Tag Archives: Eastern Washington
No, we didn’t catch any fish. We tried, but none took us up on our offer to take them home with us. We have licenses to fish in both Washington and Idaho. The Clearwater River is on the Idaho side until it joins the Snake River at the boundary. The Snake flows along the boundary until it meets the Clearwater, at which point the Snake is in Washington. It’s complicated.
We moored Pisca-Dory at an enchanting little island and clambered up a trail. We named it Pony Island, after a dream I had when we were in law school.
on “Pony Island”
Both rivers are beautiful, and normally afford wonderful fishing. Right now, water temperatures are in flux and the fish seem to be laying low, though I observed one bass take a dramatic leap.
It was a lovely day; storm clouds gathered, but never broke while we were out on the rivers.
Pretty yellow flowers on Pony Island
Trail on Pony Island
Heading back to the launch
Friday evening we fished at the pond, and took four trout. The pond is warming, and the trout will soon move to the cooler river by the end of June.
Bass favor warmer water than trout like, and some bass will come into the pond from the river once the trout are gone. Bass and trout will share the Snake and Grande Ronde Rivers when the trout resettle there for the summer.
Right now, the river is still too cold to urge the bass to much activity; they’re still sluggish and disinterested in chasing fishing lures.
We took Pisca-Dory on the river today, enjoyed the little lagoons, the families of geese shepherding their goslings along the walkway and into the water, and seeing a couple of bass jump, but not close to our fishing lures.
We enjoyed a pleasant zero-catch day, even though the heat was too much for me. Offsetting the heat were pelicans on the water and in flight.
My husband Vic took all the photos and the video for this post.
The osprey is the best fisher on river or pond.
A tribe of geese enter the river from the lagoon.
Lots of fluffy goslings were part of another troupe.
Friday evening we stood on the edge of Evans Pond and caught eight trout in about an hour and a half. Cottonwood fluff balls stuck to our lures, competing unsuccessfully with the trout.
Saturday, we returned with Pisca-Dory to Chief Timothy Park, hoping to catch bass and crappie. We caught no fish in three and a half hours, but the quiet and beauty of the day, and especially the pelicans, made the day significant and delightful. Rain fell off and on, but we stayed warm and fairly dry with our gear.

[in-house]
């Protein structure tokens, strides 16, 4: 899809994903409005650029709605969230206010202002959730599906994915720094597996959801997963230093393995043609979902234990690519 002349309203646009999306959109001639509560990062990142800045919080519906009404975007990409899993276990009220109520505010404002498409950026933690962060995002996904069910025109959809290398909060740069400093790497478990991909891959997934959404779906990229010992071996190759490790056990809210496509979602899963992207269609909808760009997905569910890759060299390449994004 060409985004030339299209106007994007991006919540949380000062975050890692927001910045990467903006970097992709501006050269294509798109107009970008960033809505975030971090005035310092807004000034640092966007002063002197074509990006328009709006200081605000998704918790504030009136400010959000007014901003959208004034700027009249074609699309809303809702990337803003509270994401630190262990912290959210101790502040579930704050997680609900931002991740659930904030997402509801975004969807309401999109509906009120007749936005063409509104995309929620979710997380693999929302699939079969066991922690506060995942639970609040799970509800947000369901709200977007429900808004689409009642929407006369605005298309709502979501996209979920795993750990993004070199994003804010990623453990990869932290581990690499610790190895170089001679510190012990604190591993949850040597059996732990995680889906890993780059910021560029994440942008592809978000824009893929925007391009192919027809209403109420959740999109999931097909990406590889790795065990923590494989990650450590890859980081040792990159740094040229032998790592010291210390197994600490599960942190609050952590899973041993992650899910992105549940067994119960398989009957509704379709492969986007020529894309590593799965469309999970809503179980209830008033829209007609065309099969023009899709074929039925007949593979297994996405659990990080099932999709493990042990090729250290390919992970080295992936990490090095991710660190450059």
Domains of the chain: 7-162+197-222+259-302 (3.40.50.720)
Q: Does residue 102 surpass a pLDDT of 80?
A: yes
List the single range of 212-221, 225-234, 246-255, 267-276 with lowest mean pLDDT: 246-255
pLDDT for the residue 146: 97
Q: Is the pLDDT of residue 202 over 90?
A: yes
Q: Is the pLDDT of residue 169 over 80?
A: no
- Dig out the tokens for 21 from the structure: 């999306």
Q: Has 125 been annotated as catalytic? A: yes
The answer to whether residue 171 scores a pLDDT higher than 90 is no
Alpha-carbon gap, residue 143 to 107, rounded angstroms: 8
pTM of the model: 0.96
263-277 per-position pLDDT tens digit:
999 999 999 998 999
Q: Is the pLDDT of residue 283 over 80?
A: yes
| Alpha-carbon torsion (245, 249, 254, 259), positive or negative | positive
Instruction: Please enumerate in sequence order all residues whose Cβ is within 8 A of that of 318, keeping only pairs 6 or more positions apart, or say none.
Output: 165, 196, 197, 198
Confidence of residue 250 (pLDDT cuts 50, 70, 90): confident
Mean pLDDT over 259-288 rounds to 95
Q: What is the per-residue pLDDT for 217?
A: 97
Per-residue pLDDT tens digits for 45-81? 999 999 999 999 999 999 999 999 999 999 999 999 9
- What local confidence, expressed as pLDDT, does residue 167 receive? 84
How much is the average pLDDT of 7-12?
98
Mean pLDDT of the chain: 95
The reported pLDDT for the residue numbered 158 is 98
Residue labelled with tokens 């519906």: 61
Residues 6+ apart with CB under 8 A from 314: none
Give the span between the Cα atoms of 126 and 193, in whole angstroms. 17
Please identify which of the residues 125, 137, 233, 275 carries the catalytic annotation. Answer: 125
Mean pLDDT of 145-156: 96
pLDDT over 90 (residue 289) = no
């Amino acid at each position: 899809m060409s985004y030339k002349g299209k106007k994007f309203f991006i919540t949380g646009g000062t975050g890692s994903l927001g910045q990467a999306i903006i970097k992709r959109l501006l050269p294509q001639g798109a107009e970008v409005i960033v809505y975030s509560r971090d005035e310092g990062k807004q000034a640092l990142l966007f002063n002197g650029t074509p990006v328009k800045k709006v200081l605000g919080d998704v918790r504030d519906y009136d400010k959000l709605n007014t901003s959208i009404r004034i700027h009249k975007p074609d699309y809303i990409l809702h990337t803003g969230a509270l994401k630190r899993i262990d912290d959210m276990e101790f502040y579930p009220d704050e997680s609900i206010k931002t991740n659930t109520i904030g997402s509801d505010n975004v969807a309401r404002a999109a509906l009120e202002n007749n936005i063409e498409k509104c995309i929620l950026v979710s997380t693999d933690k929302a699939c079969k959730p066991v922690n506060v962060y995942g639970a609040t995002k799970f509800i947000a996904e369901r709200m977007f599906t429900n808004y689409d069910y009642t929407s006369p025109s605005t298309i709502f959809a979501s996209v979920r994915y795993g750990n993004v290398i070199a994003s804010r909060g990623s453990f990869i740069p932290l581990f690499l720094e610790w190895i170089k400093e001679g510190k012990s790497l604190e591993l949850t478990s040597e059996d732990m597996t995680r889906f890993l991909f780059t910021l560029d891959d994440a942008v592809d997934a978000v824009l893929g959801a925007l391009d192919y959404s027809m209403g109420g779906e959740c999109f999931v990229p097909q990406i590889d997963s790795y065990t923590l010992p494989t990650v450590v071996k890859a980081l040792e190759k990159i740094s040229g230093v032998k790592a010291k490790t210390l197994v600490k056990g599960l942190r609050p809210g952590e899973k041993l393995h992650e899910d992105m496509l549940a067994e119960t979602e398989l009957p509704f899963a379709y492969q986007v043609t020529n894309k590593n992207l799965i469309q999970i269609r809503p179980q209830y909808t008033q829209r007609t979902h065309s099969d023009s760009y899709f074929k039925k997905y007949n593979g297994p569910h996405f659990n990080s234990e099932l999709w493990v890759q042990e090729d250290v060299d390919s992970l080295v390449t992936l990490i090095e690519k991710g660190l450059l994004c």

The large flock of pelicans still held counsel on their island, and a smaller cohort occupied a smaller isle with a tree. I named the small isle Pelican Island, because the tree gave the tiny outpost a sense of enchantment.
Today’s weather was brisk, but far more pleasant than the last few days of thunder, lightning, and rain. My husband and I celebrated with a Snake River fishing cruise in our bonny boat Pisca-Dory, and decided to visit Chief Timothy State Park.
The park has a boat ramp and there was no wait, and in fact, no one else there. There’s a $5 parking fee, and it was worth every cent for the peace and quiet and absence of anyone else on the entire portion of the river. A gaggle of pelicans was a very special sight. I think of all birds, pelicans are the most beautiful in flight.
We were out for crappie and bass, but also to enjoy being out on our boat on a pleasant day. My husband caught an 11″ Smallmouth bass who fought a good fight before he was brought on board. We both had two bites from fighters who bolted before we could land them in the boat.
Fishing has a lot of variables, and the fisherman doesn’t always win, but a fisherman loves fishing whether or not he secures a catch.
You bet I shoot pelicans! At a
shutter speed of 1/2000!
The Chief Timothy Pelican Council
(Vic’s and my photos; Vic’s video)
My husband came home from work at 10:00 this morning –a very rare occurrence–so that we could celebrate our 21st anniversary cruising on Pisca-Dory and fishing in the Snake River.
The day was beautifully sunny and mild. Carp were jumping everywhere, but not biting anywhere. It was not quite warm enough for crappie or bass. Trout caught in ponds can be kept, but trout caught in the river cannot not be kept–they are catch-and-release until mid-June–but it didn’t matter; we never saw one. We saw only carp.
Spending the day on the river together on the boat my husband built was wonderful. I would much prefer being in our own boat by our own selves to any cruise, anywhere, ever. To us, the whole point of a boat is being connected to the water, the sense of being away from usual routines, fishing, and a primal sense that we are created to require earth, air, and water.
We enjoyed a spectacularly fruitful day, without catching a single fish.
Ready to launch
A coot glides around a lagoon
The river viewed from the lagoon
School of carp
A muskrat paddles around a lagoon
Vic took all the photos.